Chivito

Learning technologists are obsolete

Reda Sadki Thinking aloud

These are some notes on one of several blog posts that are churning in my head about what digital transformation means for learning and leadership. Warning: these are the kinds of wild, roughshod, low-brow, unrefined contentions that might just make the reasonable and respectable Mister S. choke on his Chivito. Many of the pionneers of “e-learning” fought long and hard to have the value of technology for learning recognized and new tools put to use by educators. Their achievements are significant. Today, for example, many universities now have teams that support teaching staff in the effective use of learning technologies. (Ironically, the former may provide one of the rare occasions for the latter  to examine their teaching practice, but that is a different topic…). However, when I speak to young professors from fields outside of education, they describe such services as peripheral or marginal. At best, the learning technologies people help them set up a WordPress site to host their course content, …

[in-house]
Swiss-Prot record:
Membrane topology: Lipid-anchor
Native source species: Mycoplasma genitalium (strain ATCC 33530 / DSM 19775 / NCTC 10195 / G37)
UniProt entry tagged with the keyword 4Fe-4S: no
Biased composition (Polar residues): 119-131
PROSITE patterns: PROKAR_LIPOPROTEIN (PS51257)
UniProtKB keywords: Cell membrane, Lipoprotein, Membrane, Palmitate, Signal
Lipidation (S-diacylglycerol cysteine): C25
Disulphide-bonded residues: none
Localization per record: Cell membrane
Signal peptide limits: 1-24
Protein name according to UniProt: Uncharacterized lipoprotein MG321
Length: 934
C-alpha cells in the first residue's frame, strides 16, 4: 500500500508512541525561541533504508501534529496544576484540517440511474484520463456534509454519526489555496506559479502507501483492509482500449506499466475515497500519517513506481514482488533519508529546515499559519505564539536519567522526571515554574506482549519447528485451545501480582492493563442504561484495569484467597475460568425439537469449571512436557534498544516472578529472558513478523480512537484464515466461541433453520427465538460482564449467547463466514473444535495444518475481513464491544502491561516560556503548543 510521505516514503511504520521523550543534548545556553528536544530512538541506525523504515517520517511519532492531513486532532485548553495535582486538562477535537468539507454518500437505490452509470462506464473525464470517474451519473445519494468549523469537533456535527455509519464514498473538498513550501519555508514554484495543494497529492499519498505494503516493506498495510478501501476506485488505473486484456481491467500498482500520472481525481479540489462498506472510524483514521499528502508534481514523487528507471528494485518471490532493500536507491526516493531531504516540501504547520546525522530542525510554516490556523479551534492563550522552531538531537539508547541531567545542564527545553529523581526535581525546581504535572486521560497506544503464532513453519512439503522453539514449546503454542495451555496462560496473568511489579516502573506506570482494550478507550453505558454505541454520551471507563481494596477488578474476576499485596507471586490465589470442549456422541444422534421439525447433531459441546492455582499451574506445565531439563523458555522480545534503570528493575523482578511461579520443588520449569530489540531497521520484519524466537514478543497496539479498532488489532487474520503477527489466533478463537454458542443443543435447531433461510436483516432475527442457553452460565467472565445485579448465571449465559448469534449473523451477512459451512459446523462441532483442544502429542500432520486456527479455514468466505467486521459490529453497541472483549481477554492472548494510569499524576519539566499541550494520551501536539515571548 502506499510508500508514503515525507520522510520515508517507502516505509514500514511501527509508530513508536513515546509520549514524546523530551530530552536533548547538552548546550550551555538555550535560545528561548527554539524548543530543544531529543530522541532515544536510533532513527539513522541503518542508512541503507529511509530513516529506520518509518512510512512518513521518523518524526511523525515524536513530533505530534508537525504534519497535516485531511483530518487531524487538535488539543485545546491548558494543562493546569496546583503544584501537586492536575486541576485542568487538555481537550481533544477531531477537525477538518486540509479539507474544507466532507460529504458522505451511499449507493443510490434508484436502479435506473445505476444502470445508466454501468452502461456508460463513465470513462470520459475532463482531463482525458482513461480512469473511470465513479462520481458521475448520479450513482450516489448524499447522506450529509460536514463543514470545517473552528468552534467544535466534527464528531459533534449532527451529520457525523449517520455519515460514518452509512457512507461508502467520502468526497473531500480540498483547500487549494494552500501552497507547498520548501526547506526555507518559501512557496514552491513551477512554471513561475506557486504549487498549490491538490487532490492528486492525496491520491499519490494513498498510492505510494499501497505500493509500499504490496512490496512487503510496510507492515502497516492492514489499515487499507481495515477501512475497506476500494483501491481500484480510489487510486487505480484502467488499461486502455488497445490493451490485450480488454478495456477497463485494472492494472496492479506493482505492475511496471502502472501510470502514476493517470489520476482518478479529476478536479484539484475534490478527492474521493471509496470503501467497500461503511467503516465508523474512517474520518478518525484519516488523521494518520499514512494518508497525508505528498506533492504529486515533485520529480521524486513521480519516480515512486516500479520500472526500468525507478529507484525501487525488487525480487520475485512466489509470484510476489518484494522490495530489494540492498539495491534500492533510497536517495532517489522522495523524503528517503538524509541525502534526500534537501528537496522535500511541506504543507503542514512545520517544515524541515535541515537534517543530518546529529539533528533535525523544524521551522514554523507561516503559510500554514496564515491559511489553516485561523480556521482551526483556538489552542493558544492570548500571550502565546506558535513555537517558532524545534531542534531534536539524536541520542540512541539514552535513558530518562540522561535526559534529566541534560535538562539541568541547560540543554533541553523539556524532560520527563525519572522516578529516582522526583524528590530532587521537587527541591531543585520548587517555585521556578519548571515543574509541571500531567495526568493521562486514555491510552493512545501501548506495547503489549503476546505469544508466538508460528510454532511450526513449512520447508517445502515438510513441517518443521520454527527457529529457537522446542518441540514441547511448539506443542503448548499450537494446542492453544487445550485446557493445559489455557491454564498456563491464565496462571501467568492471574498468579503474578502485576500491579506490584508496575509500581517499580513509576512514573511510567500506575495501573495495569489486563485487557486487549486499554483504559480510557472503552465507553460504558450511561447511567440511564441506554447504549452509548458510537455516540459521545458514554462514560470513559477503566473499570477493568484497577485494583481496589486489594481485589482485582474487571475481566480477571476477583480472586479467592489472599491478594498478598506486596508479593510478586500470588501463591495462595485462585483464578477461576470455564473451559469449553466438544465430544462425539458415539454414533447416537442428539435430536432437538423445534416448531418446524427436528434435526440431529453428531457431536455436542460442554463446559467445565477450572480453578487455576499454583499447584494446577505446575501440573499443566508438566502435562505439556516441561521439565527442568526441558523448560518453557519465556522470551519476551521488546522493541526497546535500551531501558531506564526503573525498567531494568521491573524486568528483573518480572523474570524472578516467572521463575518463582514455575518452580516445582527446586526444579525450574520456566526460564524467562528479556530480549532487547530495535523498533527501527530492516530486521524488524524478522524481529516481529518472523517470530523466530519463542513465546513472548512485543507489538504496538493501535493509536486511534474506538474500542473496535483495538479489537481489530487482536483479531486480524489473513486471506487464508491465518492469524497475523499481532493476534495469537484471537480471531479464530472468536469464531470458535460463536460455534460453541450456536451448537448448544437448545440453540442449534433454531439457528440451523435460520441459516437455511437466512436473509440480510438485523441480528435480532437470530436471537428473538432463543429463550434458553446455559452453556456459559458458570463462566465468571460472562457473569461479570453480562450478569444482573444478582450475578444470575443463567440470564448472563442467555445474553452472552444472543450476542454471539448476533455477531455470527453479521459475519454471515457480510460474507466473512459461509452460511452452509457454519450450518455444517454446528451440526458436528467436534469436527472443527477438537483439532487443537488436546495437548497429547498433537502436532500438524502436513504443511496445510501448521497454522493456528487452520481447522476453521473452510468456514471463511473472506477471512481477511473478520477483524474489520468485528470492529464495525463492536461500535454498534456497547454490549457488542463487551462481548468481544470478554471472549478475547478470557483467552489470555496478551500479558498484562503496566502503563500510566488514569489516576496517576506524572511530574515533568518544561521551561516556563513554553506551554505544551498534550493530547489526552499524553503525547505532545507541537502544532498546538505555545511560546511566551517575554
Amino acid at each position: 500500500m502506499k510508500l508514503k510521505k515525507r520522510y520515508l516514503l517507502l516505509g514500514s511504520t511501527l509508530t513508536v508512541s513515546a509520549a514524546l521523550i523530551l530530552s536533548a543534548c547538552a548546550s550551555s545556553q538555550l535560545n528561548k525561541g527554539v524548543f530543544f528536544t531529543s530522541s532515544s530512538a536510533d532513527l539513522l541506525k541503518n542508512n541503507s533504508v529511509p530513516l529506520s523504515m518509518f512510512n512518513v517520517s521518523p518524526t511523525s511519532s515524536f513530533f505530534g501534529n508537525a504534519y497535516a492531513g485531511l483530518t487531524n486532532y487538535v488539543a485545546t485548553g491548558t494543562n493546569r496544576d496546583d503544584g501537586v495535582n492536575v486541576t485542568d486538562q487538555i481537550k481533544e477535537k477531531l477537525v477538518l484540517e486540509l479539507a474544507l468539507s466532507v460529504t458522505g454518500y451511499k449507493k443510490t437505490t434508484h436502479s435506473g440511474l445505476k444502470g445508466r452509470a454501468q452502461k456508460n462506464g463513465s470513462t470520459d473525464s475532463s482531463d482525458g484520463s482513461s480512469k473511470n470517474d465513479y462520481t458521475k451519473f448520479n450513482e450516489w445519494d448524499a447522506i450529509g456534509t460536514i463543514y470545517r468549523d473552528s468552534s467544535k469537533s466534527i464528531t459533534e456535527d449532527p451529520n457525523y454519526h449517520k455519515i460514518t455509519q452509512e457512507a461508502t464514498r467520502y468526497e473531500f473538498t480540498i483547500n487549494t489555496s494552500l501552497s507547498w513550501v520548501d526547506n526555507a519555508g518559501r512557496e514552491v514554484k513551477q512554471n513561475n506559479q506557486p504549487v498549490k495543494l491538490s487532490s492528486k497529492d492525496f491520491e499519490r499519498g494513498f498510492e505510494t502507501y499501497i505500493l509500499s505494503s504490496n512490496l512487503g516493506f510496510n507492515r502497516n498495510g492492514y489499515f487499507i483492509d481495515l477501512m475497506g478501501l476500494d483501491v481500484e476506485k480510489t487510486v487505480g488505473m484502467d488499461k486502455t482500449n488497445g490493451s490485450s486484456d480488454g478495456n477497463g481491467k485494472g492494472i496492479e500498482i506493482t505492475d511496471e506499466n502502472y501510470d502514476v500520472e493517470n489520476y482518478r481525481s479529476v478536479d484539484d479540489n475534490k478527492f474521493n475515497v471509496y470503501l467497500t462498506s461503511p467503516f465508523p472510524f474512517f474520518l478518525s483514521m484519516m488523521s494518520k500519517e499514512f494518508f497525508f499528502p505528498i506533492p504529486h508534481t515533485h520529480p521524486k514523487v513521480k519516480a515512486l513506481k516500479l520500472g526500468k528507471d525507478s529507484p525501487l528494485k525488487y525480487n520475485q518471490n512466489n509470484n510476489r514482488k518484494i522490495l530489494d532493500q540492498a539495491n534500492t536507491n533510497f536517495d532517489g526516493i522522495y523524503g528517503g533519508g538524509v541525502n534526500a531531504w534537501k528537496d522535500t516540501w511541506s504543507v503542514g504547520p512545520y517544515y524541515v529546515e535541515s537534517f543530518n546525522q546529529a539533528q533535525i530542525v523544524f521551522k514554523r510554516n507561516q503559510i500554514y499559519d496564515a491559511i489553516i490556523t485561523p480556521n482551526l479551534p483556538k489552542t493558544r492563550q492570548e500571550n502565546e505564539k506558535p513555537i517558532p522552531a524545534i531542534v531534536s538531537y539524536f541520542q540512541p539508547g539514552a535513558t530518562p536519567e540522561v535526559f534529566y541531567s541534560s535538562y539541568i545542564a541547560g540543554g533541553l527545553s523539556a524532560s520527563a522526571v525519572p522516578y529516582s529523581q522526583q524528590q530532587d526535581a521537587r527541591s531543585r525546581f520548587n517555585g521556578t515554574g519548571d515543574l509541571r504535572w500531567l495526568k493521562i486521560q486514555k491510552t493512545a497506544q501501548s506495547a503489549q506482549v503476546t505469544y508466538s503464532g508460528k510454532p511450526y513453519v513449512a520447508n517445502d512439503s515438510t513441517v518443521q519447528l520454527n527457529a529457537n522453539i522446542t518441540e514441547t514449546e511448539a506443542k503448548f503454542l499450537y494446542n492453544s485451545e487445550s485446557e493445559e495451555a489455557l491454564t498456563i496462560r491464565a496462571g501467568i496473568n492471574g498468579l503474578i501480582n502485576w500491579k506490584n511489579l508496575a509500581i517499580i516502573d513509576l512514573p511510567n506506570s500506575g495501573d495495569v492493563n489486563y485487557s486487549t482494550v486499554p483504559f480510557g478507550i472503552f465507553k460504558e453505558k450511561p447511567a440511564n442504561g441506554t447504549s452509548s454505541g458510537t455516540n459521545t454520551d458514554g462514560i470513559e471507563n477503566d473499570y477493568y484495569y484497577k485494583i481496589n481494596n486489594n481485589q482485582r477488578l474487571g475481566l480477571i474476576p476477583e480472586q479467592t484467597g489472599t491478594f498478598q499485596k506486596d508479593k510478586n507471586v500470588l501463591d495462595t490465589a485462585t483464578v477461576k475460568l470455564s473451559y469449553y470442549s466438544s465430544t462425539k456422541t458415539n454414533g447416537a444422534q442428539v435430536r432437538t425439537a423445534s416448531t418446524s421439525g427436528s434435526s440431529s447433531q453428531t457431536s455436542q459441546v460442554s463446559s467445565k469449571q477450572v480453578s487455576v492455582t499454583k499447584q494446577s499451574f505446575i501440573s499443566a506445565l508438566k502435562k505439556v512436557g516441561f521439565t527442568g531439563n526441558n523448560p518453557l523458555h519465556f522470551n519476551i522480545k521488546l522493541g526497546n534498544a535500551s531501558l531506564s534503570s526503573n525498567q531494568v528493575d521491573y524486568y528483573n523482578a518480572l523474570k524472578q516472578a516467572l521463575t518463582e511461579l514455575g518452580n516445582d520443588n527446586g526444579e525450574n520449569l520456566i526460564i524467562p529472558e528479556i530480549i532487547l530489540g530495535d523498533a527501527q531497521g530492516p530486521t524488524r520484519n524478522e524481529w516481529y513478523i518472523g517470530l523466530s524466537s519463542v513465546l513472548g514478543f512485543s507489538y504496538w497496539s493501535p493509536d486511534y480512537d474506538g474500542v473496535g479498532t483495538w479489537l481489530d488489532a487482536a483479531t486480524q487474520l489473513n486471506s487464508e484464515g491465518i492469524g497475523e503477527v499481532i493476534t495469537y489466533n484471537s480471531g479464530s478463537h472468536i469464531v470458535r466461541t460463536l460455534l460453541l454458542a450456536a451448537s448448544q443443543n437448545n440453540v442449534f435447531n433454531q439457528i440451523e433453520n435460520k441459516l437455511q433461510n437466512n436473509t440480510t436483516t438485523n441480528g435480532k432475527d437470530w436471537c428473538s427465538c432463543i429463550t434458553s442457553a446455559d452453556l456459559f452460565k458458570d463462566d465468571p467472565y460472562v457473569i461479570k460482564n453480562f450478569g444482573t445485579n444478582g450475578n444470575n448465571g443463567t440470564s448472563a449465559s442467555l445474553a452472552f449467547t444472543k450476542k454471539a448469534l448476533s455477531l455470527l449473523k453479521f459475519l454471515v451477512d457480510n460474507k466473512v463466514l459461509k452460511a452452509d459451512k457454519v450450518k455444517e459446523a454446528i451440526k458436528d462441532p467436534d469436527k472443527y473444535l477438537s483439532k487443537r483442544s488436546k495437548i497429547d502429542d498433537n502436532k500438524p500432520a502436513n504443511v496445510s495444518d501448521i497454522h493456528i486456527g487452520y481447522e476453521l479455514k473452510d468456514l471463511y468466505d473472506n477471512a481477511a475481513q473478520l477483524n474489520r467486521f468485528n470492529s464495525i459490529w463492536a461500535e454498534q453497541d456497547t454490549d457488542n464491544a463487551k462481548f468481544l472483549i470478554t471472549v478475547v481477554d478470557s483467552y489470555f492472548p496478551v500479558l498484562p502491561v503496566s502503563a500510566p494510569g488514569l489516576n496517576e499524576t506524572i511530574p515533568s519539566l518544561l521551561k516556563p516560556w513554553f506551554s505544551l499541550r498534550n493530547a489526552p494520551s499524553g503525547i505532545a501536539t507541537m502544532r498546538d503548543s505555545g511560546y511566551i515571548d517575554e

George Siemens at TEDxNYED (3 June 2010)

A few of my favorite excerpts from George Siemens’s Knowing Knowledge (2006)

Reda Sadki Theory

My own practice (and no doubt yours) has been shaped by many different learning theorists. George Siemens, for me, stands out articulating what I felt but did not know how to express about the changing nature of knowledge in the Digital Age. Below I’ve compiled a few of my favorite excerpts from his book Knowing Knowledge, published in 2006, two years before he taught the first Massive Open Online Course (MOOC) with Alec Couros and Stephen Downes. Learning has many dimensions. No one model or definition will fit every situation. CONTEXT IS CENTRAL. Learning is a peer to knowledge. To learn is to come to know. To know is to have learned. We seek knowledge so that we can make sense. Knowledge today requires a shift from cognitive processing to pattern recognition. Construction, while a useful metaphor, fails to align with our growing understanding that our mind is a connection-creating structure. We do not always …